Panther Cap Mushroom Parlour Ivy Peace Lily Peach (pits and wilting leaves) Pencil Cactus Pennyroyal Peony Periwinkle Philodendron Pie Plant Pimpernel Pin Cherry Pinks Plumosa Fern Poinciana Poinsettia Poison Hemlock Poison Ivy Poison Oak Pokeweed Poppy Potato Pothos Precatory Bean Primrose PrivetQuaker BonnetsRagwort Red Clover Red Emerald Red Maple Red Princess Red-Margined Dracaena Red Sage Rhododendron Rhubarb Ribbon Plant Richweed Rosemary Pea Rubber PlantSaddle Leaf Philodendron Sago Palm Satin Pothos Schefflera Scotch Broom Scouringbrush Senecio Sensitive Fern Sheep Laurel Silver Pothos Silver Queen Singletary Pea Skunk Cabbage Snake Plant Snapdragon Snowdrops Snow on the Mountain Soapwort Sorghum Spotted Dumb Cane Squirrelcorn Squirreltail Barley St. Johnswort Staggerweed Star of Bethlehem Stinging Nettle String of Pearls Striped Dracaena Sudan Grass Sweet Cherry Sweetheart Ivy Sweetpea Swiss Cheese plantTangia Pea Tansy Mustard Tansy Ragwort Taro Vine Tarweed Thornapple Tiger Lily Tinsel Tree Tobacco Tolguacha Tomato Plant (green fruit, stem and leaves) Tree Philodendron Tri-leaf-wonder Trillium Tropic Snow Dieffenbachia Trumpet Vine Tulip Tung Tree
Valley Venus Flytrap Verbena Virginia Creeper
Walnuts Water Hemlock Weeping Fig West Indian Lantana White Clover White Hellebore White Sanicle White Snakeroot Wild Barley Wild Black Cherry Wild Bleeding Heart Wild Call Wisteria Wolfs Bane Wood Nettle
Yellow Jasmine Yellow Jessamine Yellow Oleander Yellow Sage Yellow Star Thistle Yew
Fingernail Plant Fire Weed Forster Sentry Palm Fortunes Palm Freckle Face Friendship Plant
Gerbera Gherkins Ghost Plant Ghost Leafless Orchid Giant White Inch Plant Giant Holly Fern Giant Aster Gibasis Geniculata Globe Thistle Gloxinia Gold Bloom Goldfish Plant Good Luck Palm Grape Hyacinth Grape Ivy Great Willow Herb Green Ripple Peperomia Greenbrier
Hagbrier Haworthia Haw Hawthorn Hellfetter Hemlock Tree Hen & Chickens Fern Hickory Hindu Rope Plant Holly Fern Hollyhock Honey Locust Honey Plant Honeydew Melon Honeysuckle Fuchsia Hoya Hubbard Squash HypocyrtaIce Plant Imbricata sword fern Irish moss Iron cross begonia Iron tree Ivy-leaf peperomia Ivy peperomiaJackson Brier Jacob’s Ladder Japanese Aralia Japanese Pittosporum Japanese moss Japanese holly fern Jasmine Jewel orchid Joseph’s coat Jungle geraniumKaempferis Kahali Ginger Kenilworth Ivy Kentia Palm Kenya Palm Kenya Violet Kharoub King and Queen Fern King of the Forest King Nut Kuang-yen- pa-hsiehLace Flower Vine Lace Orchid Ladies Ear Drops Lady Lou Lady Palm Lagerstroemia Indica Lance Pleumele Large Lady Palm Leather Peperomia Lemon Bottlebrush Leng-fen tu’an Leopard Orchid Leopard Lily Lesser Snapdragon Lily of the Valley Orchid Linden Lipstick Plant Little Fantasy Peperomia Little Zebra Plant Living Rock Cactus Living Stones Locust Pods Lou-lang-t’ou Luther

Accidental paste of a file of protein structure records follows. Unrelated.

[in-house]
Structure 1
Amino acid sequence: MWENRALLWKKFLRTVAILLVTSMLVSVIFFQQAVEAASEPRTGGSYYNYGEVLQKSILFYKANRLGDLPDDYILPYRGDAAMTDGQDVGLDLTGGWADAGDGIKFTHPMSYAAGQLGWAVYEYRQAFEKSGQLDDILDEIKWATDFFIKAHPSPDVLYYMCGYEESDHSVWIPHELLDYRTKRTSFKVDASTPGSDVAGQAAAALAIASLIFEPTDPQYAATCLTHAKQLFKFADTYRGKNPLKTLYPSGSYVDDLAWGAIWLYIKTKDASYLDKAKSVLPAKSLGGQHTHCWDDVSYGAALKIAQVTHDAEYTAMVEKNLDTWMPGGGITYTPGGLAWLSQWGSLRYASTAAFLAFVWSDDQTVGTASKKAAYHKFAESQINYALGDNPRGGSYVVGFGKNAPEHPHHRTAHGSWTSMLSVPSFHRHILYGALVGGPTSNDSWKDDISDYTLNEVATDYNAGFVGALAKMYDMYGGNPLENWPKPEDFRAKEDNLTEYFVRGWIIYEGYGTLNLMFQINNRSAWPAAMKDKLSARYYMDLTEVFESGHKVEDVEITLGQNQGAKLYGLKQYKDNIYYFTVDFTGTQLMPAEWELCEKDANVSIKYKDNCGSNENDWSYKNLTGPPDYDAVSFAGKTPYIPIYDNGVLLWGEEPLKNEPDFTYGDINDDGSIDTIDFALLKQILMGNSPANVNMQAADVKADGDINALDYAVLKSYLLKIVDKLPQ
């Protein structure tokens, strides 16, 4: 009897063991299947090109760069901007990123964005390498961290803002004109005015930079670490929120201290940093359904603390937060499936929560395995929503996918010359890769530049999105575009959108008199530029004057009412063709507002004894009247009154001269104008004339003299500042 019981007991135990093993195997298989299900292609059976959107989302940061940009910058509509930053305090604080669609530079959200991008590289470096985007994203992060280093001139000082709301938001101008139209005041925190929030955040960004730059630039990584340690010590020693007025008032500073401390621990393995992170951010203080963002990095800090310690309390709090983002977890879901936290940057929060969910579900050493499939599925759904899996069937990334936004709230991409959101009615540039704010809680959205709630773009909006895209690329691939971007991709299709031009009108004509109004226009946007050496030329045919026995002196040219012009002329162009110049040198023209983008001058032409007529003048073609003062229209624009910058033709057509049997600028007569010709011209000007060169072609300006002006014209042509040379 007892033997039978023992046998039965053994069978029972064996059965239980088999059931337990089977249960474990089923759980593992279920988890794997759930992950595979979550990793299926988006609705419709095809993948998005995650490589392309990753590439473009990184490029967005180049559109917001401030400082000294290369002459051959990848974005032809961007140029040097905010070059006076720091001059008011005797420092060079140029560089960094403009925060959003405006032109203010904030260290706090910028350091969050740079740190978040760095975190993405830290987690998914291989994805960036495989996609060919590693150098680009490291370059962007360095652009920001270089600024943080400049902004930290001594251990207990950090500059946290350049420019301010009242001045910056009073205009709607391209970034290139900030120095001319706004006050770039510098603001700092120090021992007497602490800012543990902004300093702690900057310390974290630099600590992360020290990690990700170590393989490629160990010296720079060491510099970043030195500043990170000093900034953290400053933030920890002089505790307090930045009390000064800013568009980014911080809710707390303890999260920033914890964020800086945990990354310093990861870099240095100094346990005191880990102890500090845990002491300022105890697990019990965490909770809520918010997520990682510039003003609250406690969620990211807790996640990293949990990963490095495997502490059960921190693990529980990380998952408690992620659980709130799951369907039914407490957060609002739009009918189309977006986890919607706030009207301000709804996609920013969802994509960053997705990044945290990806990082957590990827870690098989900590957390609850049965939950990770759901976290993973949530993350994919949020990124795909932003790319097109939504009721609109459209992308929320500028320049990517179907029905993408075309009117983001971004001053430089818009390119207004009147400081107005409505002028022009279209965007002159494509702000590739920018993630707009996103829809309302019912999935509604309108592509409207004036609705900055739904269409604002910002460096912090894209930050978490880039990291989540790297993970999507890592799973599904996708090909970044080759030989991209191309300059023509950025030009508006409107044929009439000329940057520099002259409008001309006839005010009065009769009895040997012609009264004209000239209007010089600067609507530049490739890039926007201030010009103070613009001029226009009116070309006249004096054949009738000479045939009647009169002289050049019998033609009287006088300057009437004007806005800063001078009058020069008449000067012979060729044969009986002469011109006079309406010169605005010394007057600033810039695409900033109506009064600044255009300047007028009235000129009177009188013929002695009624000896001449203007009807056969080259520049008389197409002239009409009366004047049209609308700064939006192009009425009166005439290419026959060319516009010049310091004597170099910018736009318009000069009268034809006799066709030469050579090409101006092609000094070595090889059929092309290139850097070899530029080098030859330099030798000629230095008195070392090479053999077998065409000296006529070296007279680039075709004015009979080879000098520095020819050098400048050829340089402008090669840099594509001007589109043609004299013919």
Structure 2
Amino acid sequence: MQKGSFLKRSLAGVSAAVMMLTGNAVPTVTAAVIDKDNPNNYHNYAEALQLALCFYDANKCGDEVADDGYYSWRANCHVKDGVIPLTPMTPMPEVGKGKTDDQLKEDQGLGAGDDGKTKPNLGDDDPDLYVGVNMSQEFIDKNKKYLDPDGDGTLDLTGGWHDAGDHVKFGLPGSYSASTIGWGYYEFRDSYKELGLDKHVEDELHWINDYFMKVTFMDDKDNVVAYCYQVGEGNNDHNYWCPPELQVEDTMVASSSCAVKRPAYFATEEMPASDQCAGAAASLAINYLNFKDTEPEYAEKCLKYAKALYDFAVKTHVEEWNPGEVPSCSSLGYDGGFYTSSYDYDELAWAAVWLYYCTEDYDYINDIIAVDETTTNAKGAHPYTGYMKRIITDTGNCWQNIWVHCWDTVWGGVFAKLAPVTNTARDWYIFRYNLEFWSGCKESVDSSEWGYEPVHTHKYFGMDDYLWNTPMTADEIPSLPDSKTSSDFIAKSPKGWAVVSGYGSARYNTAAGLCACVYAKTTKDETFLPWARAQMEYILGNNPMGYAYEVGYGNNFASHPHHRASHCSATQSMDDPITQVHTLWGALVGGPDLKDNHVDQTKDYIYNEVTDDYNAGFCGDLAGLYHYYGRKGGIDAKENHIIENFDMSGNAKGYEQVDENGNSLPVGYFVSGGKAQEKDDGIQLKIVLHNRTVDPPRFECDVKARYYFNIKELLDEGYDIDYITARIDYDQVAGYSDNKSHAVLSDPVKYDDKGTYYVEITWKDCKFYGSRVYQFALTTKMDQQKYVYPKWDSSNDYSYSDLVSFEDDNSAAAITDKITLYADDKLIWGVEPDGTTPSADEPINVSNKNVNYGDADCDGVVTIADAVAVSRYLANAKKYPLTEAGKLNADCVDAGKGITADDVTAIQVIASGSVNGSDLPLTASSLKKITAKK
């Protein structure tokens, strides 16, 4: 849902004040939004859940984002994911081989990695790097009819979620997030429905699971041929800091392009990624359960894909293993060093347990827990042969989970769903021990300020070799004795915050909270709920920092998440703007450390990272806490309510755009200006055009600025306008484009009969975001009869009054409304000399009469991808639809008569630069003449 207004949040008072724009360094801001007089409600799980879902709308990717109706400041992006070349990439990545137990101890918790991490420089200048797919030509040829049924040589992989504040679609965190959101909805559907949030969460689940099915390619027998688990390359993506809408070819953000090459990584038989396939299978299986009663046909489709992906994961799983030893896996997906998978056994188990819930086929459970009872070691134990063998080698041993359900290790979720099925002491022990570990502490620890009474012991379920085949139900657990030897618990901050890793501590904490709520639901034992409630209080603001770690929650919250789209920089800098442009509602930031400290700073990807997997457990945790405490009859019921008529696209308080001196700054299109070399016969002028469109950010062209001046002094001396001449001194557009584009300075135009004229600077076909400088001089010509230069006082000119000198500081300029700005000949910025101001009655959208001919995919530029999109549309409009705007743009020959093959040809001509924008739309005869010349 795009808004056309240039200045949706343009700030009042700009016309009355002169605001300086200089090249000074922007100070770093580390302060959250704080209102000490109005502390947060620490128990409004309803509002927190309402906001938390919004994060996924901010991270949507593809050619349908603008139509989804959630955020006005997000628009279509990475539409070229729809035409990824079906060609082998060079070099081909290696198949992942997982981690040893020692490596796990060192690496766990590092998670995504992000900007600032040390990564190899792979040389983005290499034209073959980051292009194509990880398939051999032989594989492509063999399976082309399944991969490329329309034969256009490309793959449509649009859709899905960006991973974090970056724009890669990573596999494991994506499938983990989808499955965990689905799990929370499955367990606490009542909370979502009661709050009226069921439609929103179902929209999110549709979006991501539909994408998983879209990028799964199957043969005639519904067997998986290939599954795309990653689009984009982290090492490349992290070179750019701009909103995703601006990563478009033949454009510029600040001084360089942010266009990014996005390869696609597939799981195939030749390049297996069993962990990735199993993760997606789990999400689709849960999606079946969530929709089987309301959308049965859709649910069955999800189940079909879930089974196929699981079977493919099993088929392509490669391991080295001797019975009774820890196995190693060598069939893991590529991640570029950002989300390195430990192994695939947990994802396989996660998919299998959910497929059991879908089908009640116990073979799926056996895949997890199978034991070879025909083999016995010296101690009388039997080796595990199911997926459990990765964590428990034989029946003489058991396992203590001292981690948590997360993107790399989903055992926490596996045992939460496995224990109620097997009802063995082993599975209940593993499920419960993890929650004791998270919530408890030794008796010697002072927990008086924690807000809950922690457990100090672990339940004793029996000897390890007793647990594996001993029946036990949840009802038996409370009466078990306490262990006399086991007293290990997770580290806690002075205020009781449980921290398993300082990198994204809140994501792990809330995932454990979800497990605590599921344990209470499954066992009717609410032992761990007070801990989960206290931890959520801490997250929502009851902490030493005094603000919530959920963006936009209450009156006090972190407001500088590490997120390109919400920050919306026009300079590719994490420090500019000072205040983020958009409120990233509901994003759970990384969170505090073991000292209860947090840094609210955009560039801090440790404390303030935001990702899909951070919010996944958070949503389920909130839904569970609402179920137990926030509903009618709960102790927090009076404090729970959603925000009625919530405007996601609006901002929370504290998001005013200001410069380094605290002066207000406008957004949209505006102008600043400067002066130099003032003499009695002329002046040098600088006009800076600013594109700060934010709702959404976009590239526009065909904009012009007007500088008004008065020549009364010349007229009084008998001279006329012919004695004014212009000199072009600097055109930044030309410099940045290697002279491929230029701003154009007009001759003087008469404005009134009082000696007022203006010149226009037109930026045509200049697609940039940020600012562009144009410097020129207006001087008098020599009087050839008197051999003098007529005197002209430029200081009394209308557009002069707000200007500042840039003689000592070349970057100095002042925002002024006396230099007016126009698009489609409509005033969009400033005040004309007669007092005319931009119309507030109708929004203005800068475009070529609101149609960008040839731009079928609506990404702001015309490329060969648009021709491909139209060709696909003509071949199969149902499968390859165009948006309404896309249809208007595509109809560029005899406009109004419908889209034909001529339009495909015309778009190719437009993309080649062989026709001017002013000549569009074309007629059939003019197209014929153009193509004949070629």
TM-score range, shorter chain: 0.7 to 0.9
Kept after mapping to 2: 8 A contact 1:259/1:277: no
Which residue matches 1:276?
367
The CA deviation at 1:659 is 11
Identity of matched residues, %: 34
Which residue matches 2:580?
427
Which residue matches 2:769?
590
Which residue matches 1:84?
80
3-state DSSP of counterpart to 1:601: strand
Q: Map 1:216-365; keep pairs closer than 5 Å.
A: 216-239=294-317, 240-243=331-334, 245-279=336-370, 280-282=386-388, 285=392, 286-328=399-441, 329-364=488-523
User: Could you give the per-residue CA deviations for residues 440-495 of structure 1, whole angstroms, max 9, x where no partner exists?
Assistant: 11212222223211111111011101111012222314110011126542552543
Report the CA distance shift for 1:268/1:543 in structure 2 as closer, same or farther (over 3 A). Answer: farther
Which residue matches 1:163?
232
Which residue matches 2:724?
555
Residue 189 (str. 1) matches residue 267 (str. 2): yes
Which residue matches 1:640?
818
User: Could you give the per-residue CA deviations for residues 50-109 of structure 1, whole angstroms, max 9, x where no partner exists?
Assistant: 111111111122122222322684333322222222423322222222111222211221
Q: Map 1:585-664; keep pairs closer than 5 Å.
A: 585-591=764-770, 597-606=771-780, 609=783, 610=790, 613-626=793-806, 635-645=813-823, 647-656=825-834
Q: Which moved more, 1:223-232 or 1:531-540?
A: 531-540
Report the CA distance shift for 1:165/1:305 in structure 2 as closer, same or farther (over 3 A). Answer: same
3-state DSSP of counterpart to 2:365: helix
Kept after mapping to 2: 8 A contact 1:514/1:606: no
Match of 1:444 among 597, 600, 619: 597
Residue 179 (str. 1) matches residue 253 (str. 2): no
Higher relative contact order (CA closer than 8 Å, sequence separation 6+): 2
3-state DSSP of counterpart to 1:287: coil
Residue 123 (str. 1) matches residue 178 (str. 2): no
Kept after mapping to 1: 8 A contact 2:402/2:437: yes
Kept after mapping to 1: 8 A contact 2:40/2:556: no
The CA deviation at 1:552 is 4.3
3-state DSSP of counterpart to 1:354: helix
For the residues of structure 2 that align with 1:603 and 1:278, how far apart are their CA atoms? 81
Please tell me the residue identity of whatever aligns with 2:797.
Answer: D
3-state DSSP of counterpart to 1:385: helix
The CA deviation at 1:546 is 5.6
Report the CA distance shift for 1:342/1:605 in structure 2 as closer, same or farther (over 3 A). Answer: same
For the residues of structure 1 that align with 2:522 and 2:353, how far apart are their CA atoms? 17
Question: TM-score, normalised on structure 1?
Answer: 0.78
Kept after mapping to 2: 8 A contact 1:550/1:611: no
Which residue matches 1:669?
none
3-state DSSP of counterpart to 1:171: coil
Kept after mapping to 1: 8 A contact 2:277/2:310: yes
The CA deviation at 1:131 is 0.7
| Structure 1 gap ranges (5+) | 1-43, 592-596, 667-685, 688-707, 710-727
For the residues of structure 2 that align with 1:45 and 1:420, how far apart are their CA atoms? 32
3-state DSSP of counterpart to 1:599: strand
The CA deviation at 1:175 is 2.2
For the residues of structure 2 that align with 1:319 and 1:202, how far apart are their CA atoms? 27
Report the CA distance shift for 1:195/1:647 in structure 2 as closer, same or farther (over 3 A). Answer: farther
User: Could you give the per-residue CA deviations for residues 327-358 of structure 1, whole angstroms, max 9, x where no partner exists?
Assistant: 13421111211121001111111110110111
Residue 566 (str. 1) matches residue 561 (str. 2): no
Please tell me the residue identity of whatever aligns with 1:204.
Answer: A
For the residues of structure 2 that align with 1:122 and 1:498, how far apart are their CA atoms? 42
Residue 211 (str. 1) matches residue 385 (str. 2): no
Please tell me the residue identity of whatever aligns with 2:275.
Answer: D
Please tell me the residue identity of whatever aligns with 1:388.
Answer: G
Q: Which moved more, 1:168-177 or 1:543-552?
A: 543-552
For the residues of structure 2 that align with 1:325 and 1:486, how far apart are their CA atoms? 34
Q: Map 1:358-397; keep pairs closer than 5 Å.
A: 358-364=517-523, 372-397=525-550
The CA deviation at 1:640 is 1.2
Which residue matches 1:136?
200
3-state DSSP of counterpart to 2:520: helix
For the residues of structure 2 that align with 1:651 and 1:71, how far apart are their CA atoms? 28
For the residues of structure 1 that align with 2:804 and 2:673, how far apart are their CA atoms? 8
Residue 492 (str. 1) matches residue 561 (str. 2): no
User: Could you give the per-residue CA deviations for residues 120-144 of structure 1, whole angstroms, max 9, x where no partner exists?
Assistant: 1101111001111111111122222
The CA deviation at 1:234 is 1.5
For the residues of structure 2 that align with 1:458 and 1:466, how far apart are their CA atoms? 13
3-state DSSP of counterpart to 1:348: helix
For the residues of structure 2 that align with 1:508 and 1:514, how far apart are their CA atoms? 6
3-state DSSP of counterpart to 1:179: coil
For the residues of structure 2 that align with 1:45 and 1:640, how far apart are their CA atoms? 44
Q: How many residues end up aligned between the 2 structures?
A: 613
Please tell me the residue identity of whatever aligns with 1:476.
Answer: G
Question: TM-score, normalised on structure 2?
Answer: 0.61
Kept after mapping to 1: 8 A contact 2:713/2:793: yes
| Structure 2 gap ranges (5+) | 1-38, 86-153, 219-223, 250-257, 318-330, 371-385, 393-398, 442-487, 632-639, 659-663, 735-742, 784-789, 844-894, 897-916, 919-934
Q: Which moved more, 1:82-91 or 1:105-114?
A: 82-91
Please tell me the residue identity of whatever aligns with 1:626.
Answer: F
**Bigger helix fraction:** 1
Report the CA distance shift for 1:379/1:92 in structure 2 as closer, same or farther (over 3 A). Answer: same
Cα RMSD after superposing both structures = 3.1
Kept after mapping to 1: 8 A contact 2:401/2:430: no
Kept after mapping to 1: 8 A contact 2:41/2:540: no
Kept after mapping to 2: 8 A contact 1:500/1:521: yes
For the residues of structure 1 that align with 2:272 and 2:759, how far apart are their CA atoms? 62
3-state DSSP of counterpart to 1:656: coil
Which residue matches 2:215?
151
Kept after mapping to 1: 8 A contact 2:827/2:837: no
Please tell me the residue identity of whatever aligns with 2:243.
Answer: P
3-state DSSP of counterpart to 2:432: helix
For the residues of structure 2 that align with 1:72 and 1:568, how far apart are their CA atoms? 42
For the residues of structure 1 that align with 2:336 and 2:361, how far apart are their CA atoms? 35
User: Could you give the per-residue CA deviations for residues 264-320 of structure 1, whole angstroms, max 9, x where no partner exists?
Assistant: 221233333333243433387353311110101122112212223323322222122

Acetaminophen (Tylenol) Alcohol Antifreeze Aromatherapy oils Please consult your vet before using ANY aromatherapy oil on your cat. AspirinBleach Boric Acid Brake Fluid Cleaning Fluid Chocolate Cold and flu medication Cooked chicken bones (not toxic but can splinter) CoffeeDeodorants DeodorizersDetergent Disinfectants DyeFungicides Furniture PolishGarlic Glow sticks
Herbicides Ibuprofen Insecticides Laxatives LeadMetal Polish Mineral Spirits Mothballs Nail Polish & RemoverOnionPaint Paint Remover Paracetamol Petrol Phenols (products which turn white when water is added such as Dettol and Pine-o-Clean) Phenylbutazone
Never administer medicine to your cat without veterinary advice. This is especially important with human medication, which can be fatal to cats. Ensure all household chemicals are stored in a safe place where your cat can’t have access to it. Many household chemicals are lethal to cats, even in small doses.
People sometimes make the mistake of feeding human food to their cat. This is ok as long as you know the food is safe. Chocolate (especially dark chocolate) should never be given to cats (or dogs).
Also be aware that cats often scavenge food from your household bin, so it is wise to safely dispose of medicine, chemicals & food where your cat can’t get to it.
A cat doesn’t have to directly eat or drink a toxin to become poisoned. For example, if a cat lies in a garden that has been sprayed with insecticide or weed killer traces can get on the coat, which the cat will ingest during grooming.
Christmas is a busy time for vets. Many pets become unwell after being fed too much human food by their well-meaning owners. A small treat is always welcome by any cat, just as long as it’s the right kind of food, and the cat isn’t fed too much. If in doubt about food that your cat can or can’t eat, check with your vet.
Julia Wilson is a cat expert with over 20 years of experience writing about a wide range of cat topics, with a special interest in cat health, welfare and preventative care.Julia lives in Sydney with her family, four cats and two dogs. She enjoys photography, gardening and running in her spare time.Full author bioContact Julia